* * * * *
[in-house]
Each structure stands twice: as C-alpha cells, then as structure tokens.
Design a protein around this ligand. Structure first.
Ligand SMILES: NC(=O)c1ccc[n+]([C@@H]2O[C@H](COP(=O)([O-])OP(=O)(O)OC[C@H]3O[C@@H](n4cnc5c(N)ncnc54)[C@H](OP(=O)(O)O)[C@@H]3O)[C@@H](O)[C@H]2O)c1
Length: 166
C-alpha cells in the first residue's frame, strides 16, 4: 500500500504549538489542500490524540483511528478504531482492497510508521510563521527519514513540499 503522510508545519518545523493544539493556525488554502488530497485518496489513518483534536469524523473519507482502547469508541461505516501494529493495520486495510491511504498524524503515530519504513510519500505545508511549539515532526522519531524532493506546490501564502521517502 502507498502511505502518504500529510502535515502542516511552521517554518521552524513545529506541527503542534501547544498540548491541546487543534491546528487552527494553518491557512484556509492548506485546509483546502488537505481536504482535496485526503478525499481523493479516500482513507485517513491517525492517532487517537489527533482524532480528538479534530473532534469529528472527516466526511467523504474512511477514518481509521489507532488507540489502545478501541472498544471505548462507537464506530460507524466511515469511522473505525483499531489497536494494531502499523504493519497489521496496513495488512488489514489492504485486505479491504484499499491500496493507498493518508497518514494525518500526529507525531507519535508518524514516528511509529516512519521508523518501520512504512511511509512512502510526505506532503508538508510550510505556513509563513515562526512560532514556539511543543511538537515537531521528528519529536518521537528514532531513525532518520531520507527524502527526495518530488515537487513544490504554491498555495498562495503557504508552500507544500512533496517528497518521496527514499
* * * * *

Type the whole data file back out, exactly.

[in-house]
Each structure stands twice: as C-alpha cells, then as structure tokens.
Design a protein around this ligand. Structure first.
Ligand SMILES: NC(=O)c1ccc[n+]([C@@H]2O[C@H](COP(=O)([O-])OP(=O)(O)OC[C@H]3O[C@@H](n4cnc5c(N)ncnc54)[C@H](OP(=O)(O)O)[C@@H]3O)[C@@H](O)[C@H]2O)c1
Length: 166
C-alpha cells in the first residue's frame, strides 16, 4: 500500500504549538489542500490524540483511528478504531482492497510508521510563521527519514513540499 503522510508545519518545523493544539493556525488554502488530497485518496489513518483534536469524523473519507482502547469508541461505516501494529493495520486495510491511504498524524503515530519504513510519500505545508511549539515532526522519531524532493506546490501564502521517502 502507498502511505502518504500529510502535515502542516511552521517554518521552524513545529506541527503542534501547544498540548491541546487543534491546528487552527494553518491557512484556509492548506485546509483546502488537505481536504482535496485526503478525499481523493479516500482513507485517513491517525492517532487517537489527533482524532480528538479534530473532534469529528472527516466526511467523504474512511477514518481509521489507532488507540489502545478501541472498544471505548462507537464506530460507524466511515469511522473505525483499531489497536494494531502499523504493519497489521496496513495488512488489514489492504485486505479491504484499499491500496493507498493518508497518514494525518500526529507525531507519535508518524514516528511509529516512519521508523518501520512504512511511509512512502510526505506532503508538508510550510505556513509563513515562526512560532514556539511543543511538537515537531521528528519529536518521537528514532531513525532518520531520507527524502527526495518530488515537487513544490504554491498555495498562495503557504508552500507544500512533496517528497518521496527514499